I have spent the last two months cleaning debris from my mimosa tree off of my front patio, porch and even my entryway. I love the tree in the summer when it is covered in blooms and hummingbirds are flocking to its sweet nectar, but I have to admit that I curse at it a bit the rest of the year. Why anyone would plant such a messy tree right next to the house is way beyond my understanding.
As we discussed last time, this year’s lack of consistent precipitation has put enormous stress on your lawn. But grass isn’t the only plant that suffers - Trees, shrubs and perennials feel the effects of drought too, and can react in a variety of ways.
We've been having a lot of tree conversations lately. My daughter is determined to get several planted this fall, and I would love to add something else to my grove of serviceberry in the front. What we are learning is that autumn is an excellent time to plant many, but not all, trees and shrubs. Knowing which species to plant, when to plant them and how to take care of them can help ensure fall landscaping success.
My daughter moved into a brand new house earlier this summer. Like so many new builds, the landscaping allowance included one sad, lonely tree stuck on the corner and three bushes – her choice from an unimaginative standard list. Bit by bit she’s been adding to the yard, but now it’s time to do some serious tree planting. Before that first shovel breaks the ground though, she has lots to consider.
I took an objective look at my front yard this week and determined it was sadly lacking in fall color. My four yellow mums in pots flanking the doorway just didn’t bring me quite enough joy. (Yes, I admit it – I have been doing a Marie Kondo purge) What I really want are huge bursts of riotous color and texture before a long Midwestern winter with its ice, snow and freezing temperatures sets in.
A friend called the other day so excited because “they’re giving away free native trees at the farmers market downtown.” She’s a novice gardener and is passionate about planting to rejuvenate the earth. An hour later, I heard from her again, only this time the enthusiasm was definitely gone from her voice. “I’m sending you a picture of our trees,” she said, “only I’m not sure they really are trees. I think they gave us sticks in plastic bags.”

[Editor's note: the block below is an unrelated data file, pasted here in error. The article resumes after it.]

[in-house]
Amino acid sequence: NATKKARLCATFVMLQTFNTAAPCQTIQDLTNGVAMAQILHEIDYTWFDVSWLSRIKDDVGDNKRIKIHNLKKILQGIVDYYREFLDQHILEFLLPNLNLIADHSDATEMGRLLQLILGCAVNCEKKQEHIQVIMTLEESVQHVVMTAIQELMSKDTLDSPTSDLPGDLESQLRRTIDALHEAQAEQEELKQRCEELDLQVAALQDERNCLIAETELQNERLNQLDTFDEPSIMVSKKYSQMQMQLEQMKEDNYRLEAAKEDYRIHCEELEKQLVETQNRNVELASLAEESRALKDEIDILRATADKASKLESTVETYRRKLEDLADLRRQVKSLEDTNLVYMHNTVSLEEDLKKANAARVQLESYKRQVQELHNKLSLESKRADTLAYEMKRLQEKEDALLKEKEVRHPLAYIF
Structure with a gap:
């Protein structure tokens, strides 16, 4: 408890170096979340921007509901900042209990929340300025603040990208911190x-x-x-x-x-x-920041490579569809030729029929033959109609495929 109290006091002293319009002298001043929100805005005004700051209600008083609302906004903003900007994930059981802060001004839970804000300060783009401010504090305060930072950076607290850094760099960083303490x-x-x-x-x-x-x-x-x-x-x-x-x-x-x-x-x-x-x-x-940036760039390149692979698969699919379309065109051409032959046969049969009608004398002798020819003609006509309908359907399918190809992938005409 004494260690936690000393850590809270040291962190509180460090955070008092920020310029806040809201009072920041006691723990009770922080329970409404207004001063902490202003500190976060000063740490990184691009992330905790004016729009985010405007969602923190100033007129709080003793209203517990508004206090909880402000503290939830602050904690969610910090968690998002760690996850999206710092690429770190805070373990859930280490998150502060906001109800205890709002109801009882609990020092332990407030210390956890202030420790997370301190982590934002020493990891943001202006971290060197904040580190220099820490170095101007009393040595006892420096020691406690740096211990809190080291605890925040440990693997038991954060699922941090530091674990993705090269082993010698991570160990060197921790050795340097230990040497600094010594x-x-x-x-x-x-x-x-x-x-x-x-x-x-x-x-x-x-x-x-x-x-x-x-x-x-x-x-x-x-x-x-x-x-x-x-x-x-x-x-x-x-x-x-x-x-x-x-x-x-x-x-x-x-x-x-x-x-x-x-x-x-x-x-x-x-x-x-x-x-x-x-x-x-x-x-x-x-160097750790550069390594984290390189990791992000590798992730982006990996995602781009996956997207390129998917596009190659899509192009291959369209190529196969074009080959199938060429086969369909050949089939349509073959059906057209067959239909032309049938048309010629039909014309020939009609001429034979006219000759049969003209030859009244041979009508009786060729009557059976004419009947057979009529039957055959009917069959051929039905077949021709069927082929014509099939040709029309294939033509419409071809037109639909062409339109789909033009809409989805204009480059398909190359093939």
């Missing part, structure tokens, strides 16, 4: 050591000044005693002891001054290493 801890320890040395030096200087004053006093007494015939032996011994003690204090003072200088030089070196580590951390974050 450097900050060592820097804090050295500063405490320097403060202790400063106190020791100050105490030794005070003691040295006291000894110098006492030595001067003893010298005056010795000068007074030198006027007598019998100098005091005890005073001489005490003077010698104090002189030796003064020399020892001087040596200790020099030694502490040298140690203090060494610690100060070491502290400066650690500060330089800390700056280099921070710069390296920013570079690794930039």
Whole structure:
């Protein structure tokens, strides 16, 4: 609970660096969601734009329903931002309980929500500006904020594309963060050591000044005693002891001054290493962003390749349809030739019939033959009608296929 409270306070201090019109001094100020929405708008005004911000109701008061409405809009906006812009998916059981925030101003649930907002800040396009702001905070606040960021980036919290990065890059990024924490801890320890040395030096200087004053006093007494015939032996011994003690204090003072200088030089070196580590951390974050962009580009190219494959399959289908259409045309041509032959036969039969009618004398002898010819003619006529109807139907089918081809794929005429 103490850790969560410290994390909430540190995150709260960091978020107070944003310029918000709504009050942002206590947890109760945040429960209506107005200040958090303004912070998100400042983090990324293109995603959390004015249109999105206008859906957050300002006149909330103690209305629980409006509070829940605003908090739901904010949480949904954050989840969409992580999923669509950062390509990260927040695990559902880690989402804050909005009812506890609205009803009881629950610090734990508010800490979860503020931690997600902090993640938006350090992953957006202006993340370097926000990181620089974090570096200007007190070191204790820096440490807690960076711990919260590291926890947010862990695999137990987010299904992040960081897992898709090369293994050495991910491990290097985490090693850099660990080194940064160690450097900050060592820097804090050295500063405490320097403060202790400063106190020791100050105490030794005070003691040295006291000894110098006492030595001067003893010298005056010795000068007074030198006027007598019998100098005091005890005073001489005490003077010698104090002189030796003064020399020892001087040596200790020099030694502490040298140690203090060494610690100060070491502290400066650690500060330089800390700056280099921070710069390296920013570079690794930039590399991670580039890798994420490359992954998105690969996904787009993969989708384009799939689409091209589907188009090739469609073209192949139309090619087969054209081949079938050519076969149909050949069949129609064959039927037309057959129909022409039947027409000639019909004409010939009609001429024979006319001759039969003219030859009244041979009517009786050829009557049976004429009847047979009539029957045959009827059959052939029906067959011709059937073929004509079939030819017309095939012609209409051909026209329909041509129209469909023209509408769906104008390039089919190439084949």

A girlfriend and I took a day trip through Jefferson City and then down to Missouri Wildflower Nursery this week. We just happened to hit the weather right – pleasant temperatures, no whipping winds and the bluest sky we’ve seen in ages. What really sang spring to me though, was the profusion of flowering trees in full, and sometimes fragrant, bloom everywhere we went. Seeing all that beauty, you couldn’t help but think, “ Now where could I plant one in my yard?” Which, understandably, leads to the next question, “Which one should I buy?”
It’s November. The daffodil bulbs are all tucked in the ground and ready for a spring showing. The overgrown perennials have been pulled, trimmed and replanted. The iris beds have been cleaned out for weeks. There really aren’t any other chores that have to be done this minute, but the sky is bright blue and the temperature is perfect and the fanatical gardeners of the world absolutely must take advantage of one more day working in the yard (It could be the last perfect day of the year, you know….) And in their need to garden just one more time, they too often reach for a potentially dangerous and deadly tool -- their pruners.